dead whale
A beached juvenile gray whale died on the shoreline at Dockweiler State Beach, on Wednesday, March 17, as a rescue team had grappled with how to save the mammal.

The whale had washed up on shore about 4 p.m. Officials believed the whale was sick, also noting how thin it appeared. Two hours later, the animal died.

Since it washed up on shore, likelihood of survival for the whale, which was about 25 feet to 30 feet long, had been slim, Justin Viezbicke, California stranding coordinator for the National Oceanic and Atmospheric Administration, said late Wednesday afternoon prior to its death.

"At this point, there's not much we can do," he said.

The NOAA response team couldn't pull the animal out to sea for fear of hurting the creature or causing even more damage.

"It can be super dangerous," Viezbicke said. "We don't try and pull a live whale."

So they were forced to wait until high tide in the middle of the night to see if the whale would get help from the sea.

However, the whale did not live long enough to receive the tidal assistance.

"Unfortunately at this point, it really is how much energy and will does this whale have," Viezbicke said. "They are super powerful animals. When they drift ashore, something is wrong with it."

For the past two years, gray whales have been washing up dead at a higher-than-normal rate from Mexico to Alaska, prompting concern by NOAA and other researchers. An "Unusual Mortality Event" has been declared because of all the deaths recorded.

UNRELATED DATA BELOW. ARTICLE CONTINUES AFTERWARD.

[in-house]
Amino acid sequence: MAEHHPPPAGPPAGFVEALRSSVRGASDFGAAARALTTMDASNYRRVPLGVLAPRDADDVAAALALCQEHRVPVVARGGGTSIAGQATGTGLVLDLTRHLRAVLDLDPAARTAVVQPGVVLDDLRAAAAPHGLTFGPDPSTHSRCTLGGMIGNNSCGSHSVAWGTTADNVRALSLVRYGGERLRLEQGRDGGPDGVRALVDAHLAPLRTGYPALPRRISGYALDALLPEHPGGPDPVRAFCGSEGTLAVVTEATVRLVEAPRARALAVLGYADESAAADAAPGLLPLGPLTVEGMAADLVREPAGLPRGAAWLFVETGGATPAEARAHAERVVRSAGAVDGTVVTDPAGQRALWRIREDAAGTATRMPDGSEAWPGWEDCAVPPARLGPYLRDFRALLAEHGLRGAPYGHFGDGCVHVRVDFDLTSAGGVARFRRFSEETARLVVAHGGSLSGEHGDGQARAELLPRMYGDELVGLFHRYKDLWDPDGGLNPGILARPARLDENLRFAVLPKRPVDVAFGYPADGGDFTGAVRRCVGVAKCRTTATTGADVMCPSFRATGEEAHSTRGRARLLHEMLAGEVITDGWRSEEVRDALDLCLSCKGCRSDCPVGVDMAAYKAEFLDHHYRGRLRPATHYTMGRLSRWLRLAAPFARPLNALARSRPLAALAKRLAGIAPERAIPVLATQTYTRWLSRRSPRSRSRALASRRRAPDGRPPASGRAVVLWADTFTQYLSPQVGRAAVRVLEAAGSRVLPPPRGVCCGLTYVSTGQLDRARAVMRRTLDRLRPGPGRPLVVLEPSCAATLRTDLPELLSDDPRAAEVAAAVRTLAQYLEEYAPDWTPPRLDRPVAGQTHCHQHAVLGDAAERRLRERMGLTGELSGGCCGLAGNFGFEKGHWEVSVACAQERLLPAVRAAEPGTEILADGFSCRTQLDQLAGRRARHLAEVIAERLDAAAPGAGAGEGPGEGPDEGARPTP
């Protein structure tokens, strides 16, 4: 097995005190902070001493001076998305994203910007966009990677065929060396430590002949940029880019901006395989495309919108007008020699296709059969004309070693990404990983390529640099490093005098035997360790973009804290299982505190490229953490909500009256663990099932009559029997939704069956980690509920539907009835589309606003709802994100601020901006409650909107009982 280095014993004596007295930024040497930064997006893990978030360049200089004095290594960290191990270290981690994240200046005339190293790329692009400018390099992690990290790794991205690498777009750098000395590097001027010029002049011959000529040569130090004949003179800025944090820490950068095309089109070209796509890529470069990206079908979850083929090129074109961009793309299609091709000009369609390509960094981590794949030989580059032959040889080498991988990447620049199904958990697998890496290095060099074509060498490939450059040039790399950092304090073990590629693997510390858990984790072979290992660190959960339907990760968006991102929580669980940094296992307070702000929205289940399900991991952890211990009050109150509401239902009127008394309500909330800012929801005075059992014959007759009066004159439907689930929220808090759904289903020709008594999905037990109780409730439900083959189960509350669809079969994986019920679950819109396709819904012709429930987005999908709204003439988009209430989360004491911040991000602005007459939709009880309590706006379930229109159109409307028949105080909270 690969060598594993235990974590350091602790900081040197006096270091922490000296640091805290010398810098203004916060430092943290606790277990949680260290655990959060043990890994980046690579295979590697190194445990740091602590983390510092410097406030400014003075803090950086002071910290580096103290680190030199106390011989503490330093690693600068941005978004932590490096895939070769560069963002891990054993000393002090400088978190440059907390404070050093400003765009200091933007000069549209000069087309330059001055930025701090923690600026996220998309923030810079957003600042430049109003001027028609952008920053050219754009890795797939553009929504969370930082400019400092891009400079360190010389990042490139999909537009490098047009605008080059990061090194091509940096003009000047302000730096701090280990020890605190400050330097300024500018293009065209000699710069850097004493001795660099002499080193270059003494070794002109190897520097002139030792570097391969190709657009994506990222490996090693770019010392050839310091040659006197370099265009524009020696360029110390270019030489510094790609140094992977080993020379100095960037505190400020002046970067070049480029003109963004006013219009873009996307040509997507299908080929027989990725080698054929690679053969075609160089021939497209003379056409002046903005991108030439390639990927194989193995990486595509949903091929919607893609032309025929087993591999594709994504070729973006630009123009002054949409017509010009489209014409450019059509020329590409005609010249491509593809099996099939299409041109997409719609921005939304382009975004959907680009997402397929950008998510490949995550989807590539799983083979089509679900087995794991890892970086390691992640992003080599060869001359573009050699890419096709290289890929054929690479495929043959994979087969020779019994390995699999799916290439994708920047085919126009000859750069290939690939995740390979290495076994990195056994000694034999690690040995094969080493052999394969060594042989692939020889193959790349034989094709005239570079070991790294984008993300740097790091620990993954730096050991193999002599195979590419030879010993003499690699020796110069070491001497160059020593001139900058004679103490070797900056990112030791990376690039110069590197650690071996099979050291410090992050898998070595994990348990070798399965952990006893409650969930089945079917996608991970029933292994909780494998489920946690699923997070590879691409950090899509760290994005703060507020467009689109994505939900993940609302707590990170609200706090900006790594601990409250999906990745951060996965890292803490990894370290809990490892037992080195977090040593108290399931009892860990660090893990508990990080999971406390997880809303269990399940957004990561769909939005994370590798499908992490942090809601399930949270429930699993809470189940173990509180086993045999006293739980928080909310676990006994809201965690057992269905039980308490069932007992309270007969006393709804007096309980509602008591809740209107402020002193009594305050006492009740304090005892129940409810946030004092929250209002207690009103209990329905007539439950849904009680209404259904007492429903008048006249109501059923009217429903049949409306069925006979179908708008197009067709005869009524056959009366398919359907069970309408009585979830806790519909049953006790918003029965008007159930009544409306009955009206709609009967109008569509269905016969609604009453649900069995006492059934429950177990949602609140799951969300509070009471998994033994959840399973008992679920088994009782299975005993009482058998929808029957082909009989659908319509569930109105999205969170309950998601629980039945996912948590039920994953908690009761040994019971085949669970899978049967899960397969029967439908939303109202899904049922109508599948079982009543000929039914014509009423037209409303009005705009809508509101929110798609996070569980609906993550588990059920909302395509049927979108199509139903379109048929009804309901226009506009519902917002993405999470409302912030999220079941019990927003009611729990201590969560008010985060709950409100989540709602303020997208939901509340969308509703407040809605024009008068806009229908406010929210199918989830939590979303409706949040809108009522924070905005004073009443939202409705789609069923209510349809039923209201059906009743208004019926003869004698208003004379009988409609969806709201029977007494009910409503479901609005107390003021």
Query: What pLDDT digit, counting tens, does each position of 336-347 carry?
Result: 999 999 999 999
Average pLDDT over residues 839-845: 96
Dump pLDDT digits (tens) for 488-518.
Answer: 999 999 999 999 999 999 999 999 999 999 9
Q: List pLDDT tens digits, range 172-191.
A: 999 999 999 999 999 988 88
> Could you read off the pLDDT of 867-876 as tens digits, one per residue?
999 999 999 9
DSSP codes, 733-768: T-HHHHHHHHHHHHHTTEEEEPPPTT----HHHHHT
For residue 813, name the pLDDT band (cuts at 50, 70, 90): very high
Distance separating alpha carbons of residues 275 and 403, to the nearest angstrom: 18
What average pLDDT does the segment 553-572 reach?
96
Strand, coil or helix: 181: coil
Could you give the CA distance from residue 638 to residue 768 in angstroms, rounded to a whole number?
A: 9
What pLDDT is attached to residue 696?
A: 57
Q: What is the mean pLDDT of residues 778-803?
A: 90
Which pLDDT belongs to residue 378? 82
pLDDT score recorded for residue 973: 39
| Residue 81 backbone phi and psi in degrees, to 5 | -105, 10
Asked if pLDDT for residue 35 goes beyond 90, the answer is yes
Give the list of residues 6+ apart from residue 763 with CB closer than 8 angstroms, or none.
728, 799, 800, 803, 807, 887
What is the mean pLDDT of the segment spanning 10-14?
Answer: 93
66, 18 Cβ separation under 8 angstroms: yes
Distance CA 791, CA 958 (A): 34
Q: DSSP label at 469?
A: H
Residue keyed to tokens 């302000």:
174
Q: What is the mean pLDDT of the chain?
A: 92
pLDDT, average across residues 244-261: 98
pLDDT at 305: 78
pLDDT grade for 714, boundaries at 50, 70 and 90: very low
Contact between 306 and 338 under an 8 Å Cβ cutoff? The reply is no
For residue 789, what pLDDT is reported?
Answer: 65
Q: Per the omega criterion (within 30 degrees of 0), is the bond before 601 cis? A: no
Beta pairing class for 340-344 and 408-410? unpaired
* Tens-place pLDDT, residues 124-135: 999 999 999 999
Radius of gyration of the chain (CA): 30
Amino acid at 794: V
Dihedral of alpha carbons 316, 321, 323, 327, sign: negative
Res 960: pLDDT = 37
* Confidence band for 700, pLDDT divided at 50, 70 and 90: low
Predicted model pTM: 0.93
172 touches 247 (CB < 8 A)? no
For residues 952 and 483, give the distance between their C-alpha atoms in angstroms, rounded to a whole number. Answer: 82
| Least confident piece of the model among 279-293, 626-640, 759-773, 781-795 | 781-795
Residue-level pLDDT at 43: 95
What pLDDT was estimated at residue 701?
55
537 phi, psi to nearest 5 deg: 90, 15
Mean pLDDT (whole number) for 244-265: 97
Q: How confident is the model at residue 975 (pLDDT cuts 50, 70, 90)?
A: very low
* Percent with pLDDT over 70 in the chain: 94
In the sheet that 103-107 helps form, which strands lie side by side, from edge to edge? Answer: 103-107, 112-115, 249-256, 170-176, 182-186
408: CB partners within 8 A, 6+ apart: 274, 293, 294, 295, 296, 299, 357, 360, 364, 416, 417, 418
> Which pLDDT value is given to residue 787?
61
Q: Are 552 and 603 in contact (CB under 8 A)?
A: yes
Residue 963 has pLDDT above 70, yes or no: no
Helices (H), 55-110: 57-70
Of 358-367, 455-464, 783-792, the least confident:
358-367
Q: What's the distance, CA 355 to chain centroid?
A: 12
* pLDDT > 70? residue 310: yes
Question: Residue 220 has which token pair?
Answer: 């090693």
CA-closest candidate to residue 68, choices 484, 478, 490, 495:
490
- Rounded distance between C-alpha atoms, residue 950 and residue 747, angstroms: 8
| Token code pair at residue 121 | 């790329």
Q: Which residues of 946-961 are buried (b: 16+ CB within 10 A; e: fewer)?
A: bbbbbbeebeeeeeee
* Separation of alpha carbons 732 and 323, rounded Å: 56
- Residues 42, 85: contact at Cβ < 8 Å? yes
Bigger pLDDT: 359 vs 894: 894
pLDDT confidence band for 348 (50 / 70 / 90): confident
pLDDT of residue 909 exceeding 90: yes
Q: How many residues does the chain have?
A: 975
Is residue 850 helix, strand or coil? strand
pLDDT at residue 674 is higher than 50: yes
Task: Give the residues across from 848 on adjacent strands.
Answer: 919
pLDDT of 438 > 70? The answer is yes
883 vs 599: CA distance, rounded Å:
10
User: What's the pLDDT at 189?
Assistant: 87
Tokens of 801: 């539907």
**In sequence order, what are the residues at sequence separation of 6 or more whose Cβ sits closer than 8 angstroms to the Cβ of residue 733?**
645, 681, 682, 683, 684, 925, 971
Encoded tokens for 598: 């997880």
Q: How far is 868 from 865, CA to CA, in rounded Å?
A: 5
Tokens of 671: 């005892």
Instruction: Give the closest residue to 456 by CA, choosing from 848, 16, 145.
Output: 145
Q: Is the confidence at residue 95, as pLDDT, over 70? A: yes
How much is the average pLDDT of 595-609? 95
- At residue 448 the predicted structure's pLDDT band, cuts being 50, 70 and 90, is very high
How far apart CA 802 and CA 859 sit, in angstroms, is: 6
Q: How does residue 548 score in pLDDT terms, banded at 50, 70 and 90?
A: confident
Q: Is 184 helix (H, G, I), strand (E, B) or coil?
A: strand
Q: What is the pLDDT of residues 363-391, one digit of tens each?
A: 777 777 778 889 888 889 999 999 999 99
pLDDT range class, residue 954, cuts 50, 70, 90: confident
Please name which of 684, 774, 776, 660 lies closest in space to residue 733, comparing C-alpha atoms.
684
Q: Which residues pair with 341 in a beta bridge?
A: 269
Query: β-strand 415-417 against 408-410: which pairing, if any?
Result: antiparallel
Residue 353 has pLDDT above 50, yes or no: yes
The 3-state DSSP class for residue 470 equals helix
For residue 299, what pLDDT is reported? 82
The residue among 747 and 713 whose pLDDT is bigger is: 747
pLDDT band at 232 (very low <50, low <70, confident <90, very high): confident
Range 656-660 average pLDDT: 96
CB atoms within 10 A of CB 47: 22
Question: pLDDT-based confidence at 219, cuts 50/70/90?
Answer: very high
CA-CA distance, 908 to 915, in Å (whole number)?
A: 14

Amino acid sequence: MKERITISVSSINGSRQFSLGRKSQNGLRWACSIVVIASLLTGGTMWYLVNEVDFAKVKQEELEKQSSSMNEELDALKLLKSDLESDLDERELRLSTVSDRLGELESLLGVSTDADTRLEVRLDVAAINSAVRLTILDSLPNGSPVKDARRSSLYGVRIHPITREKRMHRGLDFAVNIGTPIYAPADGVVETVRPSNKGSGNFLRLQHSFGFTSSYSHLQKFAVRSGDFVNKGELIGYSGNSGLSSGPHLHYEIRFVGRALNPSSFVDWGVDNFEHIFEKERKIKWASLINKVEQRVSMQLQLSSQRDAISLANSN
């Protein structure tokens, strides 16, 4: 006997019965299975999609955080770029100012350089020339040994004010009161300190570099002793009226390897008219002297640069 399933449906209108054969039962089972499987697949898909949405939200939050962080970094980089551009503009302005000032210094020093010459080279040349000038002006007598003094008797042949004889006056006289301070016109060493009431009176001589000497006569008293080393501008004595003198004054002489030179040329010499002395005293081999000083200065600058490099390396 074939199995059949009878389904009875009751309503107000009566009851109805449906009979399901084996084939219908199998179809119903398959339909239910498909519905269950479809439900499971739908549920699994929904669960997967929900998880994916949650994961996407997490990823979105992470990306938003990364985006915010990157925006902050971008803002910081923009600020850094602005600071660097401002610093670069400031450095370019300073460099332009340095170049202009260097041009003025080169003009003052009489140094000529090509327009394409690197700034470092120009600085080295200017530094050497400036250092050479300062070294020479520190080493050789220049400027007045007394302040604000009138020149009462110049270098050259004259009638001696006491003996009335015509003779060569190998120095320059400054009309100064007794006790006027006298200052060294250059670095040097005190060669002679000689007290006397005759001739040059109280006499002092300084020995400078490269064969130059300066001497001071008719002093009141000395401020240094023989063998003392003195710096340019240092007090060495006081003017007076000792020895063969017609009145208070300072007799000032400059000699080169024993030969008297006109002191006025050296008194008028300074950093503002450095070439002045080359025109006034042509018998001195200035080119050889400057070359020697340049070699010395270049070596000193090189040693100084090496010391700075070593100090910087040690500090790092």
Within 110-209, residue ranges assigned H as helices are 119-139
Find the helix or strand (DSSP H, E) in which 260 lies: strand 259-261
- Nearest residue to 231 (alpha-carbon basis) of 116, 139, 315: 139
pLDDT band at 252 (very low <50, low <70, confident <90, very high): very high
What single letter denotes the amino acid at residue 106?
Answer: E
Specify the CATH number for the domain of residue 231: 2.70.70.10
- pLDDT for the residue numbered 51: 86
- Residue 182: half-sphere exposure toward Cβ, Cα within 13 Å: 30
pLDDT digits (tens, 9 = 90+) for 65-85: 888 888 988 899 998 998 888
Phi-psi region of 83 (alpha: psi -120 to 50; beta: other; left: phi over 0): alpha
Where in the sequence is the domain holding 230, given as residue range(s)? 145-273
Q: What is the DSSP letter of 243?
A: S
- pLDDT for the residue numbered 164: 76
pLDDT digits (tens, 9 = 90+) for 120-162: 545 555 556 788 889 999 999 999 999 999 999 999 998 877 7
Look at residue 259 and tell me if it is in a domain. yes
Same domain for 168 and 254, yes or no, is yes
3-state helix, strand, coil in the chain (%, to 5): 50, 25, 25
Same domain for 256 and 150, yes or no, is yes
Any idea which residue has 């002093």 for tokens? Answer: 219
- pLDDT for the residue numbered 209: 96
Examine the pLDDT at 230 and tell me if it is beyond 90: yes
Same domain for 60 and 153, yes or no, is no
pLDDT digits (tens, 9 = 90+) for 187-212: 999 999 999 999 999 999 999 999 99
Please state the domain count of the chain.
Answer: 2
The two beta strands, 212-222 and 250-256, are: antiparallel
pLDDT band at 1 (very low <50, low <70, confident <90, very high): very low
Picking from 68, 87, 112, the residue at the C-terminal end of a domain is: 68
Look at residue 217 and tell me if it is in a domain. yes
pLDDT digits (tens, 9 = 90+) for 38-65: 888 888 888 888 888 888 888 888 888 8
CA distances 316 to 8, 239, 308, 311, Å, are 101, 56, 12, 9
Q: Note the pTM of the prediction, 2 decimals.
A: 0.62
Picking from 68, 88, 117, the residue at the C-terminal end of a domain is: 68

This year seemed like it was going to be an improvement, with only one other whale washing ashore since Jan. 1, a dead whale in San Diego a few weeks ago.

"It's been relatively quiet," Viezbicke said. "But March is usually our peak time."

The beached whale at Dockweiler looked thin - not a good sign.

"Given we are in the middle of an Unusual Mortality Event, the likelihood of it surviving isn't the best," Viezbicke said before its death. "It looks really skinny."

Viezbicke warned that people shouldn't approach the whale.

"It's best to give the animal as much space as possible," he said. "These are big animals. We just ask folks to give it space, whether it's dead or alive. There's really not a good reason to get close to it."

Peter Wallerstein, president and founder of Marine Animal Rescue, said Thursday afternoon the waves were too strong to get close enough to the whale to get samples for a necropsy.

The whale was to be towed about 20 miles out to sea by late afternoon.